Standing Desks and Hunter-Gatherers

post by James_Miller · 2010-10-14T00:03:26.507Z · score: 5 (8 votes) · LW · GW · Legacy · 10 comments

I recently started using a standing desk and found it increases my productivity perhaps because my mostly caveman brain "thinks" that I will usually stand when facing cognitively challenging tasks, but I will sit when I want to relax and save energy.

Are there other ways we can attempt to increase our cognitive powers by taking into account that many of the genes which influence human emotion and cognition were selected for to make our ancestors better hunter-gatherers?

Edited because of Reisqui's comment.


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comment by Relsqui · 2010-10-14T07:52:10.556Z · score: 7 (7 votes) · LW(p) · GW(p)

Where did you get the idea that the reason you're more productive when standing is because of that particular bit of your caveman brain? That is, have you read anything about that sort of phenomenon, or is it just a plausible explanation that came to mind?

comment by James_Miller · 2010-10-14T13:20:16.988Z · score: 2 (2 votes) · LW(p) · GW(p)

Just a plausible explanation that came to mind, although in my defense I'm currently writing a book on how intelligence has and will shape the economy and a small part of the book looks at some academic research on how evolutionary selection pressures have influenced human preferences and cognition.

But I accept the validity of what I take to be your implied criticism of my post and realize that I should use the word "perhaps" rather than "probably" in the first sentence.

comment by Pavitra · 2010-10-14T02:29:18.141Z · score: 4 (4 votes) · LW(p) · GW(p)

I'm not yet certain, but I suspect that being a little bit hungry makes me sharper. Not acutely hungry, so as to be a distraction because my brain thinks I need food right now, but a "lean" feeling, like I need to be thinking carefully about where my next meal is coming from.

comment by Cosmos · 2010-10-14T16:10:15.025Z · score: 3 (3 votes) · LW(p) · GW(p)

I have been eating a high-fat paleo+dairy diet with intermittent fasting, and doing high-intensity interval training. This diet/exercise combination has drastically increased my energy level. I'm also very committed to getting >8 hours of sleep/night.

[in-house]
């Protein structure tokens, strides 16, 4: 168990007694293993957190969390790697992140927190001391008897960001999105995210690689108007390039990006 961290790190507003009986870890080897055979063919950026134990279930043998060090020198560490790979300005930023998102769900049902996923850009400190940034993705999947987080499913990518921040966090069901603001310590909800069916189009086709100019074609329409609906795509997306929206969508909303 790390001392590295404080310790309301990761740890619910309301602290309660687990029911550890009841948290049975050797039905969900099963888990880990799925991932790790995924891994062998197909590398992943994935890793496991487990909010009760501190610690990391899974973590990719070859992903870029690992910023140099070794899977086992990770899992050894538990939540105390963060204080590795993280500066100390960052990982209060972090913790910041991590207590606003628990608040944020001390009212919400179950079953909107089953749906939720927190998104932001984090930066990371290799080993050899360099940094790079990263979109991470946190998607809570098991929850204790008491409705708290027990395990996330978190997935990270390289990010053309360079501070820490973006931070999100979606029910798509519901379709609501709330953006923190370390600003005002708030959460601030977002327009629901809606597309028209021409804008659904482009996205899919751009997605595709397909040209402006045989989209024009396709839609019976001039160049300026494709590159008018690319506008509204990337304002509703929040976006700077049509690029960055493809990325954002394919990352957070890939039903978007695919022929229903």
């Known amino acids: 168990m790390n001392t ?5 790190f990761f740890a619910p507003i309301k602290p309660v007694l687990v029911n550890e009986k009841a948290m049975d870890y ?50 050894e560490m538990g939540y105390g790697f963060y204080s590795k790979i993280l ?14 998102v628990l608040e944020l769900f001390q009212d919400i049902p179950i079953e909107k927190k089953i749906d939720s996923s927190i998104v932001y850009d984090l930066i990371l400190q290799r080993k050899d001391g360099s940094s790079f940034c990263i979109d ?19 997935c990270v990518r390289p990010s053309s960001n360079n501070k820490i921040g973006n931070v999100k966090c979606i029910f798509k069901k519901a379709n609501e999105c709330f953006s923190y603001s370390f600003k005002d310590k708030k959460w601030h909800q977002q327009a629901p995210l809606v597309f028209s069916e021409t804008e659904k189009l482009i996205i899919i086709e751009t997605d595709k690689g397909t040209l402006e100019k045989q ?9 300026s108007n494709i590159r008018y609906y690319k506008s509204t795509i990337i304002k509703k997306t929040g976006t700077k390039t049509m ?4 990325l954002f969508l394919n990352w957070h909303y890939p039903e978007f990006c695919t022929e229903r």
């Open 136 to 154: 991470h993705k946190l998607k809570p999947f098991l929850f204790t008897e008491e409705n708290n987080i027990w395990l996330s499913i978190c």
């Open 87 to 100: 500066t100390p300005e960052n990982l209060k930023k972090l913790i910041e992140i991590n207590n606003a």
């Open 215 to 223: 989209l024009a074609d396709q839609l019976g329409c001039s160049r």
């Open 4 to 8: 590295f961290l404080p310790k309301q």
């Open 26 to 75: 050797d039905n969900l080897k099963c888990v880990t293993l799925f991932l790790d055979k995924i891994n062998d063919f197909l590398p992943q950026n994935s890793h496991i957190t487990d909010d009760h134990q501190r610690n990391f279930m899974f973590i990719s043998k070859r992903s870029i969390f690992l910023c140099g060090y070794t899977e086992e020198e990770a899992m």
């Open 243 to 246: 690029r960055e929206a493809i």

Unfortunately no standing desk at work, but I want one. I have felt for a long time I think and converse better when walking around.

comment by James_Miller · 2010-10-14T16:41:09.437Z · score: 3 (3 votes) · LW(p) · GW(p)

Just buy two footstools, place both on your desk and put your monitor on one and your mouse and keyboard on the other, or use piles of wide books to transform your ordinary desk into a standing desk.

comment by [deleted] · 2010-10-14T17:58:32.421Z · score: 2 (2 votes) · LW(p) · GW(p)

I have been eating a high-fat paleo+dairy diet with intermittent fasting, and doing high-intensity interval training.

Can you describe your fasting schedule?

comment by Cosmos · 2010-10-18T16:27:22.953Z · score: 1 (1 votes) · LW(p) · GW(p)

My schedule is basically once daily eating with substantial randomness. Usually I have a large dinner in the evening, with snacking as desired until bedtime, so a ~4 hour daily feeding window. The size of the meal varies quite a bit, some days are in the calorie restriction zone. The content varies too, sometimes I have a low-protein day. Sometimes I eat both lunch and dinner, sometimes I fast the entire day. I have not yet fasted longer than two days, but I plan to try an extended 4+ day fast eventually.

comment by sixes_and_sevens · 2010-10-14T09:26:04.009Z · score: 2 (2 votes) · LW(p) · GW(p)

I seem to mentally perform very well during short but intense periods of stress. A 20-minute disaster will have my brain firing like a gatling gun.

This might just be being given the opportunity to perform with much higher stakes, rather than performing better, though.

comment by CronoDAS · 2010-10-15T04:07:44.109Z · score: 0 (0 votes) · LW(p) · GW(p)

Sometimes I get up and pace when thinking hard about something or other, but I do plenty of good concentrating while sitting down, too.

comment by Jonathan_Graehl · 2010-10-14T19:52:51.899Z · score: 0 (0 votes) · LW(p) · GW(p)

Standing will take more calories. Supposing you eat more to compensate (so you always have plenty of glucose available to the brain), does standing, sitting, or a mix of the two, allow for the most computer work given great motivation and interest over a very long period (say, 12 hours)?

My prior says that eventually standing will become distractingly tiring, and the "caveman brain" excitement (if any) will fade. So all sitting sounds like it gives a better chance of producing over a long period, than all standing. But I haven't tried it.